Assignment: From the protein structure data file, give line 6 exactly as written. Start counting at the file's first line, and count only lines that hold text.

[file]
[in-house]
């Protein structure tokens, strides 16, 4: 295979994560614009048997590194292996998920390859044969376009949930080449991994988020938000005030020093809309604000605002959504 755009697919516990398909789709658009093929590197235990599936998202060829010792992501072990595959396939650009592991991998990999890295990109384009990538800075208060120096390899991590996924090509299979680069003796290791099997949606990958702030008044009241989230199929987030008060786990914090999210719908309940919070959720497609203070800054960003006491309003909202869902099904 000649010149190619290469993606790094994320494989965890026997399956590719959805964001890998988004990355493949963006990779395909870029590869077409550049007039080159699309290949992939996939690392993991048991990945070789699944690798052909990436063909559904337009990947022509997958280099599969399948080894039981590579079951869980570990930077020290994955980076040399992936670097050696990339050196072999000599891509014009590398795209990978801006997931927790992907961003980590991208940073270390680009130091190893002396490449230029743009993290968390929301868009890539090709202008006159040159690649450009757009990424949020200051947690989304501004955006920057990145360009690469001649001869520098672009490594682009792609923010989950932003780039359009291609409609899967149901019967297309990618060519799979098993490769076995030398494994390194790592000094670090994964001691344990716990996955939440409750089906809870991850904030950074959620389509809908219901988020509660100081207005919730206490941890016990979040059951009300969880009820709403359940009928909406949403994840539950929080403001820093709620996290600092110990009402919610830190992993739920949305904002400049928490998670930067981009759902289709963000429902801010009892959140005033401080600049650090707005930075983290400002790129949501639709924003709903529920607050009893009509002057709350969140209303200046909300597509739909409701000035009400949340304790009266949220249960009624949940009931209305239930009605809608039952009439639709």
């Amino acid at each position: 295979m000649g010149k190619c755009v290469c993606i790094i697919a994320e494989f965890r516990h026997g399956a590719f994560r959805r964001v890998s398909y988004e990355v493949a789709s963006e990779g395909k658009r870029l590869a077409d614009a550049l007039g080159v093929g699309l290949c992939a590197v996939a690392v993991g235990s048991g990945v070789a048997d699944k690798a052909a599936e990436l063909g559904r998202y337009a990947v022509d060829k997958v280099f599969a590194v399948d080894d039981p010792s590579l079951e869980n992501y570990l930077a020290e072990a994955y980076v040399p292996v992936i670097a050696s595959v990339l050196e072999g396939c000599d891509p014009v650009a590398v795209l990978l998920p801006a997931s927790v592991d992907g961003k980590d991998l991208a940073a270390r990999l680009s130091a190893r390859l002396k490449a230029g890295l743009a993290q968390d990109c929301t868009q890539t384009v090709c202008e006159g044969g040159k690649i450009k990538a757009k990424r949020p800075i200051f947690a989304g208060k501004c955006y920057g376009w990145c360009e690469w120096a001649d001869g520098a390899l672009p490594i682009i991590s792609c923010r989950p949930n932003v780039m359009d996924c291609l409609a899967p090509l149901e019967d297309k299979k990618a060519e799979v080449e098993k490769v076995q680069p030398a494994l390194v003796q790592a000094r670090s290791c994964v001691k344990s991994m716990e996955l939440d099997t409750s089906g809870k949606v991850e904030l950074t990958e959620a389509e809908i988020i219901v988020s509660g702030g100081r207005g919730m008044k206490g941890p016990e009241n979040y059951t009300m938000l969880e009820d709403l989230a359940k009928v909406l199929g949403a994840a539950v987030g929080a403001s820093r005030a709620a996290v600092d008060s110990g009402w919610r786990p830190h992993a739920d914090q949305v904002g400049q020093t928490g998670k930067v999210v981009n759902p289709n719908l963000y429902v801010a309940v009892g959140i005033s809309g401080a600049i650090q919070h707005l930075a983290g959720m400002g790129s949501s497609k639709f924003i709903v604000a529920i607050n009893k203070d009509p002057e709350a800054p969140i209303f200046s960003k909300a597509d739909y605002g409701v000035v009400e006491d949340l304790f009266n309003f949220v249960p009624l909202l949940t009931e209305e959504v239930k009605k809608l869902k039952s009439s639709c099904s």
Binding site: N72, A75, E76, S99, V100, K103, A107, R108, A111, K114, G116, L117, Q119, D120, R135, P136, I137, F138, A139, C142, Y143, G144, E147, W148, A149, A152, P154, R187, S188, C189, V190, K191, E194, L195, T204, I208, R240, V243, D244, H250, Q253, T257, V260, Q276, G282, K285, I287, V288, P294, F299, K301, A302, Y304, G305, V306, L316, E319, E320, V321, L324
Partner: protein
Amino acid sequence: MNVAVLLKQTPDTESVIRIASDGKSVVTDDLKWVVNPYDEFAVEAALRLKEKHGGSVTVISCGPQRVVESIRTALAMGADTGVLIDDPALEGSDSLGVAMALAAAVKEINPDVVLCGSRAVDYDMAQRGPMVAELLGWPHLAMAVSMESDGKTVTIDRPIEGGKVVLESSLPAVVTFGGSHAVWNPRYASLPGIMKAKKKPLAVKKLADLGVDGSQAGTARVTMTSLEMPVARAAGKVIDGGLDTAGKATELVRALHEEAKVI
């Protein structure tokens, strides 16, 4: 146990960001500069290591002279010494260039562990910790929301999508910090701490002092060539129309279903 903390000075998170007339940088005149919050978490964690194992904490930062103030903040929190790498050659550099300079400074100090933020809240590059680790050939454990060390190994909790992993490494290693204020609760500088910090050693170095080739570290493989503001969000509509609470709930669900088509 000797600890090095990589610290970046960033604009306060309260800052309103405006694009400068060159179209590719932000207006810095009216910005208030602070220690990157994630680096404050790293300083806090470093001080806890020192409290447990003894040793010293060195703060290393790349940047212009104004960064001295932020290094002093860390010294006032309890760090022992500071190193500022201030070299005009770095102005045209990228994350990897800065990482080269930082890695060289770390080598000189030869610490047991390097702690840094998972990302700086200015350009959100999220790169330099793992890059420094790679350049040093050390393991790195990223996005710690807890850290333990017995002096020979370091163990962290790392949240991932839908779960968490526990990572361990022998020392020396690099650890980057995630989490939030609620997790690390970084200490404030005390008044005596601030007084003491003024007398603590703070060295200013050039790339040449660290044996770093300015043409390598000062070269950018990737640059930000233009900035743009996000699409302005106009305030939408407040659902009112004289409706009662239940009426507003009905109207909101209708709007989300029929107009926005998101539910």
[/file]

Amino acid sequence: MNVAVLLKQTPDTESVIRIASDGKSVVTDDLKWVVNPYDEFAVEAALRLKEKHGGSVTVISCGPQRVVESIRTALAMGADTGVLIDDPALEGSDSLGVAMALAAAVKEINPDVVLCGSRAVDYDMAQRGPMVAELLGWPHLAMAVSMESDGKTVTIDRPIEGGKVVLESSLPAVVTFGGSHAVWNPRYASLPGIMKAKKKPLAVKKLADLGVDGSQAGTARVTMTSLEMPVARAAGKVIDGGLDTAGKATELVRALHEEAKVI